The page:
April Fools’ Day: Origin and History

April Fools’ Day is an annual celebration commemorated on April 1 by playing practical jokes and spreading hoaxes. The jokes and their victims are called April fools. People playing April Fool jokes often expose their prank by shouting “April fools” at the unfortunate victims. 

Although April Fools’ Day, also called All Fools’ Day, has been celebrated for several centuries by different cultures, its exact origins remain a mystery.

April Fools’ Day: Origin and History 

Some historians speculate that April Fools’ Day dates back to 1582, when France switched from the Julian calendar to the Gregorian calendar, as called for by the Council of Trent in 1563.

People who were slow to get the news or failed to recognize that the start of the new year had moved to January 1 and continued to celebrate it during the last week of March through April 1 became the butt of jokes and hoaxes.

These pranks included having paper fish placed on their backs and being referred to as “poisson d’avril” (April fish), said to symbolize a young, easily caught fish and a gullible person.

Historians have also linked April Fools’ Day to festivals such as Hilaria, which was celebrated in ancient Rome at the end of March and involved people dressing up in disguises.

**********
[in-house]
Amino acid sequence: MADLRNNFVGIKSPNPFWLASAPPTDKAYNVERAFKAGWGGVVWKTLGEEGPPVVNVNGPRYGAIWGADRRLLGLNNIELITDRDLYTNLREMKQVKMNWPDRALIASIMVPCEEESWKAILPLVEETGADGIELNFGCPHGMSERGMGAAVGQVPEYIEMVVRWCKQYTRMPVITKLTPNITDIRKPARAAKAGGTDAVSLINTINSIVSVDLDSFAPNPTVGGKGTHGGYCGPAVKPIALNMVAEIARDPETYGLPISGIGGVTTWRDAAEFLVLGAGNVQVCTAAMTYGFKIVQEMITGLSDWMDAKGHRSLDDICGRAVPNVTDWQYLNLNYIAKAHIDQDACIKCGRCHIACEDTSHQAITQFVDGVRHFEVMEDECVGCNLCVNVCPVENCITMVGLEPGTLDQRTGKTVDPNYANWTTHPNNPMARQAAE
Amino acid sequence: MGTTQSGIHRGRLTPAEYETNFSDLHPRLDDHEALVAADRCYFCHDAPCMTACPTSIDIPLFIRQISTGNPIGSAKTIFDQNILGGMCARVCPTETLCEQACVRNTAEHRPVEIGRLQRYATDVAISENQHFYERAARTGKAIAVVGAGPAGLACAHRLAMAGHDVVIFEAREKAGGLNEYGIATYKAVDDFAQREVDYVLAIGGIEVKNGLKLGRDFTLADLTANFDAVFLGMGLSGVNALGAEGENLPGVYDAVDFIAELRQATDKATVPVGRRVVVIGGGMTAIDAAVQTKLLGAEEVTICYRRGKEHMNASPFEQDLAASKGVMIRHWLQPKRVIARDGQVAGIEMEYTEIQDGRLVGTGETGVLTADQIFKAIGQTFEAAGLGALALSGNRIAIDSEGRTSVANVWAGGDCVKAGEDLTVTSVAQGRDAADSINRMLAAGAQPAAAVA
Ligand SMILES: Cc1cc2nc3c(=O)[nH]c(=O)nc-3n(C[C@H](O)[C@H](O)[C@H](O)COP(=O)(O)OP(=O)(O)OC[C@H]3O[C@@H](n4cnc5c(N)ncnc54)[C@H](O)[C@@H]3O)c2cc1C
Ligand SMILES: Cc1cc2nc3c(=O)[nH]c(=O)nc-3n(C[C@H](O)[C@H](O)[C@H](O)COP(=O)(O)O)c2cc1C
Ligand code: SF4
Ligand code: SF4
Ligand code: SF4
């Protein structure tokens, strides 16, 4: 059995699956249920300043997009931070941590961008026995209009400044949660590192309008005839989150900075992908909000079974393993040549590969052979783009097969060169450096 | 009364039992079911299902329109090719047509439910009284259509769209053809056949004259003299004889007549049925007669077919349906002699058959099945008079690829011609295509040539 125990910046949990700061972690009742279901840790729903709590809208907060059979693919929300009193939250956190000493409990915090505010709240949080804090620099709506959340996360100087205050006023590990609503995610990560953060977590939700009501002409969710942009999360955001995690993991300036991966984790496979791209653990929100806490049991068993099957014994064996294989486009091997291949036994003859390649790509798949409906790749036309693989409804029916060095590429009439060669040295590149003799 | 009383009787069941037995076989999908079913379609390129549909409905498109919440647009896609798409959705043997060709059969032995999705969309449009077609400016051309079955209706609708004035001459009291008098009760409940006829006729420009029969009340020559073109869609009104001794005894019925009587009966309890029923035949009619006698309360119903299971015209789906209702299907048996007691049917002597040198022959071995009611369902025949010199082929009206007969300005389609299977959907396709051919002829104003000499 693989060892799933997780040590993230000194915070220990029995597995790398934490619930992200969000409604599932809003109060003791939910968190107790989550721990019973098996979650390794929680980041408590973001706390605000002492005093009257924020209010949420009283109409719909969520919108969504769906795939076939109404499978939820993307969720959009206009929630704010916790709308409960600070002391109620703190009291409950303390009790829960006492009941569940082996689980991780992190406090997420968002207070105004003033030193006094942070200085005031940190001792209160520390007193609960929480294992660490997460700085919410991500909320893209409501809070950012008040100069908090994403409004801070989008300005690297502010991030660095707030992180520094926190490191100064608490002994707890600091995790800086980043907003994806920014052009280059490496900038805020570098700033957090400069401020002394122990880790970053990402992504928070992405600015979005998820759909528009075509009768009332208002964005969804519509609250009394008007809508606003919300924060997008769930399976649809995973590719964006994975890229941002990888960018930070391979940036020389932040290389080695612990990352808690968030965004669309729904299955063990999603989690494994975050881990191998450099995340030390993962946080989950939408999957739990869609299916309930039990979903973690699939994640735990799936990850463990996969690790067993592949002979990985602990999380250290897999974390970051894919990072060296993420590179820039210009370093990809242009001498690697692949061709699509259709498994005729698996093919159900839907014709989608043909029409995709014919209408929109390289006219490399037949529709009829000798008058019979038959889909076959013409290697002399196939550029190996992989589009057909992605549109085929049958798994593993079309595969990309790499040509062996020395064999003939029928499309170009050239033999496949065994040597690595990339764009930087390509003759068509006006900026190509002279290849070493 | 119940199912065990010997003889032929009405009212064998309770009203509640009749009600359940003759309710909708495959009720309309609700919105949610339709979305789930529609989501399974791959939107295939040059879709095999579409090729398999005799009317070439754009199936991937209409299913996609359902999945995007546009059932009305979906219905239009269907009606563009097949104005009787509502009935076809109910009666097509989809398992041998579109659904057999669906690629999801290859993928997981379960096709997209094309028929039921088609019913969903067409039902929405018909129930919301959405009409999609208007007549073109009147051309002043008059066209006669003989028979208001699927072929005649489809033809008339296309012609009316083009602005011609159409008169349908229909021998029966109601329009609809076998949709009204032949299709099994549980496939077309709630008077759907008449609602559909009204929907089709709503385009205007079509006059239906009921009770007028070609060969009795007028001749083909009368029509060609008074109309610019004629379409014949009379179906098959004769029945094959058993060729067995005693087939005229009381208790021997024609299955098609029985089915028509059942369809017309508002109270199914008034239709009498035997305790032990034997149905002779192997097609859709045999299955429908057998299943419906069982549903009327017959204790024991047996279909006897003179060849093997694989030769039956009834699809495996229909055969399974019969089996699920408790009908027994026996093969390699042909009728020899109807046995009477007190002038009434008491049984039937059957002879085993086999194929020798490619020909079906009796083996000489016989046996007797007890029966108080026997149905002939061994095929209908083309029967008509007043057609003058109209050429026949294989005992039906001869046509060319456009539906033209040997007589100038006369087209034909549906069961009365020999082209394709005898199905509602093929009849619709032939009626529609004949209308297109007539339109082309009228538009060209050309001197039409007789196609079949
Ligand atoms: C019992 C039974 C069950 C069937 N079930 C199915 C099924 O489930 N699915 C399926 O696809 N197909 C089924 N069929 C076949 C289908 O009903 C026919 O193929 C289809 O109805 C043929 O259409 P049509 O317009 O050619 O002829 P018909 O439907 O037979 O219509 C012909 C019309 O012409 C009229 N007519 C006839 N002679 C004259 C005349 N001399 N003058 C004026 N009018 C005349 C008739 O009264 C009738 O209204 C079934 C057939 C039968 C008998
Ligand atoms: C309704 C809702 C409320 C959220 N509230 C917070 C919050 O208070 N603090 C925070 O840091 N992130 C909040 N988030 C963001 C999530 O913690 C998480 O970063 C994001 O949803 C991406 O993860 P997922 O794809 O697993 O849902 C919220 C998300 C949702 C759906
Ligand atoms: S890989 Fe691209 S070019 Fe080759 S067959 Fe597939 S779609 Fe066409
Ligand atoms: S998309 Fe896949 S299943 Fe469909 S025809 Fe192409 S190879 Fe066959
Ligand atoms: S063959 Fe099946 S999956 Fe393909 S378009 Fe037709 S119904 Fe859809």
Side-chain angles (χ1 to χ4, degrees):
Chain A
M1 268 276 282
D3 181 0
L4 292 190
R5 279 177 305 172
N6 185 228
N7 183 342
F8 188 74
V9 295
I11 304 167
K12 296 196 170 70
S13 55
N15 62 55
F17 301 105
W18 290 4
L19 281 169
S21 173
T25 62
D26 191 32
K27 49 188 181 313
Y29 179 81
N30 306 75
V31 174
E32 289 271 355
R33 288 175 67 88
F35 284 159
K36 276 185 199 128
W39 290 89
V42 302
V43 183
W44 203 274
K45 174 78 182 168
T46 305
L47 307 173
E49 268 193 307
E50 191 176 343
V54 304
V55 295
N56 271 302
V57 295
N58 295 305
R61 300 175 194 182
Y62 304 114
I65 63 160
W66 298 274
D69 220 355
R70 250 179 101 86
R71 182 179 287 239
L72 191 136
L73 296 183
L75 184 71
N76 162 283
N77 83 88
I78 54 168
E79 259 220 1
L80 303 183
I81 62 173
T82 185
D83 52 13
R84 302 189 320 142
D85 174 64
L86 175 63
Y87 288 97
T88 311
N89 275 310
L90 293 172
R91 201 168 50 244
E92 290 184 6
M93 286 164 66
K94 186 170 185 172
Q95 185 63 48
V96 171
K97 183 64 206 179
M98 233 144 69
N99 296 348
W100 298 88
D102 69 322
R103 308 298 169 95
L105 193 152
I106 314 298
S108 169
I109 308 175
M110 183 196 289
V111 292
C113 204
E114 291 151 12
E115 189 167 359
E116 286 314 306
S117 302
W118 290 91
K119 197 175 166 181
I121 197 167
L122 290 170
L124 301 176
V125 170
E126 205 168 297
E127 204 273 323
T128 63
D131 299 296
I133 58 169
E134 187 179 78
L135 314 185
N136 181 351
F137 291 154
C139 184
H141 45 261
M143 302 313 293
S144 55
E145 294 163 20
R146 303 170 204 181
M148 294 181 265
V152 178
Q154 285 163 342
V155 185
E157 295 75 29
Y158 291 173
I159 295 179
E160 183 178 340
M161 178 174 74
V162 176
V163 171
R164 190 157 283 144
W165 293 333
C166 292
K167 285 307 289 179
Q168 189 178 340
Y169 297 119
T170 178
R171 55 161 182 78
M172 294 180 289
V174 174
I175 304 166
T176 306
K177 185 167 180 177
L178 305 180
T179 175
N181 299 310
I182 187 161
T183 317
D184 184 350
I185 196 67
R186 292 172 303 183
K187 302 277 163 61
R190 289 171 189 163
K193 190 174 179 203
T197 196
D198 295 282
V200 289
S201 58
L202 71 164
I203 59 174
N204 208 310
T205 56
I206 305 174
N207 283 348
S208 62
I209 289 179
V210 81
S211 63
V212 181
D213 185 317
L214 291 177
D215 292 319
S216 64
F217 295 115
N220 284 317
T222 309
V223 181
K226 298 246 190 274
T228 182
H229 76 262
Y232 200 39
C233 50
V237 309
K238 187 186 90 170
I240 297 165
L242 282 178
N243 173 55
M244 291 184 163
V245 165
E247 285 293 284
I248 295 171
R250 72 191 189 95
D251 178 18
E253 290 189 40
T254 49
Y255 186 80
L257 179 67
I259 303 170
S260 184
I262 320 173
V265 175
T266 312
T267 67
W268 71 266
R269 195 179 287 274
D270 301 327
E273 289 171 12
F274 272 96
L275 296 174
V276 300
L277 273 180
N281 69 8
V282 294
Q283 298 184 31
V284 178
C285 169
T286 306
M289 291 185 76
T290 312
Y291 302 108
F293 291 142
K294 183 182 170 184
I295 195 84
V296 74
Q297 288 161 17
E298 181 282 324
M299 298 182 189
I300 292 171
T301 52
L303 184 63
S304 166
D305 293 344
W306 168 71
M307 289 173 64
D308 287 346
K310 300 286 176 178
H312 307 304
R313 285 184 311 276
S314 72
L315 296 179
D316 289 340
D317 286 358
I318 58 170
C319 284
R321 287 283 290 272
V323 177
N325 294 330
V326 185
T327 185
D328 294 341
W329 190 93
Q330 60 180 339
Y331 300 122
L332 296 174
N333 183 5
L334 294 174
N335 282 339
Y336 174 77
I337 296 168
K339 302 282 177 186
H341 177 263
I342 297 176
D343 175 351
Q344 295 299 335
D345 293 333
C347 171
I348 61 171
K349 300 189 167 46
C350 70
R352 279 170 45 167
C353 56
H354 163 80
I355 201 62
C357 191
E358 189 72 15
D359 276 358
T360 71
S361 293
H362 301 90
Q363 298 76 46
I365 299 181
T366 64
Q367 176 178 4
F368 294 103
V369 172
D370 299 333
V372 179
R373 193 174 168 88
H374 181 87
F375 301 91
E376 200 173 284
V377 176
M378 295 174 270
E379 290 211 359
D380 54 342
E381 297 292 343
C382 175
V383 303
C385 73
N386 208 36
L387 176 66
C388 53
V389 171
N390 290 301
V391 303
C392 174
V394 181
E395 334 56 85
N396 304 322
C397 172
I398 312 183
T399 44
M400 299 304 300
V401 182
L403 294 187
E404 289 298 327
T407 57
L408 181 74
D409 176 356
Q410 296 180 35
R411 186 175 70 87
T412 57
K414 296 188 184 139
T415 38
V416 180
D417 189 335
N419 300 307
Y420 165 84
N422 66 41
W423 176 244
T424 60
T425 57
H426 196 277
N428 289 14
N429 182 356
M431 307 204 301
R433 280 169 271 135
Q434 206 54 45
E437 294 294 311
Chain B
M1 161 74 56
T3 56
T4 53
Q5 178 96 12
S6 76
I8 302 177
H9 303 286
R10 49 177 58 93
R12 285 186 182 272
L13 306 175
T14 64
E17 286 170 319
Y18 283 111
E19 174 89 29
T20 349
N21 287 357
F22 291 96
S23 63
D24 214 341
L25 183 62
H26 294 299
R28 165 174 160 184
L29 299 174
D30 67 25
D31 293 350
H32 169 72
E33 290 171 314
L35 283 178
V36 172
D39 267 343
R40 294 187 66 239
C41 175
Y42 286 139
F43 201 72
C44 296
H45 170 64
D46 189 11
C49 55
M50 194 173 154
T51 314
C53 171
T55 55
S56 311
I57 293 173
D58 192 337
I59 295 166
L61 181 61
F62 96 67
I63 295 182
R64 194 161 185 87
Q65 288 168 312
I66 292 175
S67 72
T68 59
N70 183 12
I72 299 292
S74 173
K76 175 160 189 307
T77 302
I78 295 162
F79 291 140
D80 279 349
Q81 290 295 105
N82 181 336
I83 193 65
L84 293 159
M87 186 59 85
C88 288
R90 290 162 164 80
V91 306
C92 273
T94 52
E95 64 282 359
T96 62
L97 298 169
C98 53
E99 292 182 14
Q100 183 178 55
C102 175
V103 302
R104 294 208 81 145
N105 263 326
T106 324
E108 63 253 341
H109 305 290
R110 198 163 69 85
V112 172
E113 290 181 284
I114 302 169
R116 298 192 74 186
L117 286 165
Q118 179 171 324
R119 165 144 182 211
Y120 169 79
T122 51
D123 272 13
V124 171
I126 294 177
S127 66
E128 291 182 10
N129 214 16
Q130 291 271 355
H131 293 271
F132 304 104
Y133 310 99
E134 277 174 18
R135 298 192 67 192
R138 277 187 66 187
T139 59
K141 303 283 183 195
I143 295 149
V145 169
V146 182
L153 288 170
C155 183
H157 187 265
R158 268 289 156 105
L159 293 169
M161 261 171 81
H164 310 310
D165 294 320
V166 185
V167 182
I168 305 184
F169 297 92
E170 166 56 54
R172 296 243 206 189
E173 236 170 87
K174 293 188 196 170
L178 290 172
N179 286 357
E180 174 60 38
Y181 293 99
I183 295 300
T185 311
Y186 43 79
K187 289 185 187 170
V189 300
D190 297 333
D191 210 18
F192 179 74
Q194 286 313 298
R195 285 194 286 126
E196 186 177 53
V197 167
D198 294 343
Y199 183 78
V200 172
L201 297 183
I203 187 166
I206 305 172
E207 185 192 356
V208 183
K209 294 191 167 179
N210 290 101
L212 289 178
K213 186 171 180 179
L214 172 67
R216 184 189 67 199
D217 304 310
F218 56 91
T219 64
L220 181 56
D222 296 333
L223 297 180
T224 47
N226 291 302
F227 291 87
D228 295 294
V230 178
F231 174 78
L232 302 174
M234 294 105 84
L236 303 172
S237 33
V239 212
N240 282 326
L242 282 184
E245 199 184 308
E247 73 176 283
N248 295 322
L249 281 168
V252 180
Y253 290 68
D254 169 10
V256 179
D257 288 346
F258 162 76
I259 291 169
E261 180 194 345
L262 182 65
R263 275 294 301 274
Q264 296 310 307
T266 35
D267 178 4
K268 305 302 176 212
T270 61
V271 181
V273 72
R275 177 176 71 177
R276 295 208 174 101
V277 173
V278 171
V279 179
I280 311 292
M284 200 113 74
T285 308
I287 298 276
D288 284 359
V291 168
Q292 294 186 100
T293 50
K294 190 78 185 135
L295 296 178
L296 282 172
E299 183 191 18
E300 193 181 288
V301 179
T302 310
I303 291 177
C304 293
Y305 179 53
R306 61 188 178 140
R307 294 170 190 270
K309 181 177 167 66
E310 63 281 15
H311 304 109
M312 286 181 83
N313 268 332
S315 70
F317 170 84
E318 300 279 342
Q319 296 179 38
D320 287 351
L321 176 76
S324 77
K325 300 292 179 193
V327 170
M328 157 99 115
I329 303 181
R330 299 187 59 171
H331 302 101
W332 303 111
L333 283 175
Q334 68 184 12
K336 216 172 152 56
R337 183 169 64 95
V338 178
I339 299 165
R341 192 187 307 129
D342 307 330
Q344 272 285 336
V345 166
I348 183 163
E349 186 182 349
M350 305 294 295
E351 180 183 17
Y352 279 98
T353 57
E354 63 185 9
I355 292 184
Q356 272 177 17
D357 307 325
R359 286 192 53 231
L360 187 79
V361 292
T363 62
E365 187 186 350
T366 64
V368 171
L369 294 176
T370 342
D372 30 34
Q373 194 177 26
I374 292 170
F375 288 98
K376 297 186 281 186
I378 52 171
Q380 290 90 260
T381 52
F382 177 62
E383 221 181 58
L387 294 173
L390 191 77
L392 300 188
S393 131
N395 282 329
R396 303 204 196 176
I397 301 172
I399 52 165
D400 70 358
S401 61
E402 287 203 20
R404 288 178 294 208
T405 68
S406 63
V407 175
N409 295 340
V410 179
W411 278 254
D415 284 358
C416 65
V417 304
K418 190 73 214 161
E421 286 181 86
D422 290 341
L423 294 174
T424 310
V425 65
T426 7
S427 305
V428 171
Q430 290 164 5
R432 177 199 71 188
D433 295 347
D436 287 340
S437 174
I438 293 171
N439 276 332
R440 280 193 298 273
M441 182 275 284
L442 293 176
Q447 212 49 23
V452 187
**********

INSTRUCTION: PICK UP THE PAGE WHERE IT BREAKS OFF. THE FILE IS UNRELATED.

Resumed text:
There’s also speculation that April Fools’ Day was tied to the vernal equinox, or first day of spring in the Northern Hemisphere, when Mother Nature fooled people with changing, unpredictable weather.


April fools

April Fools’ Day spread throughout Britain during the 18th century. In Scotland, the tradition became a two-day event, starting with “hunting the gowk,” in which people were sent on phony errands (gowk is a word for cuckoo bird, a symbol for fool) and followed by Tailie Day, which involved pranks played on people’s derrieres, such as pinning fake tails or “kick me” signs on them.

April Fools’ Day: In modern times

In modern times, people have gone to great lengths to create elaborate April Fools’ Day hoaxes. Newspapers, radio and TV stations and Web sites have participated in the April 1 tradition of reporting outrageous fictional claims that have fooled their audiences.

In 1957, the BBC reported that Swiss farmers were experiencing a record spaghetti crop and showed footage of people harvesting noodles from trees; numerous viewers were fooled. In 1985, Sports Illustrated tricked many of its readers when it ran a made-up article about a rookie pitcher named Sidd Finch who could throw a fastball over 168 miles per hour.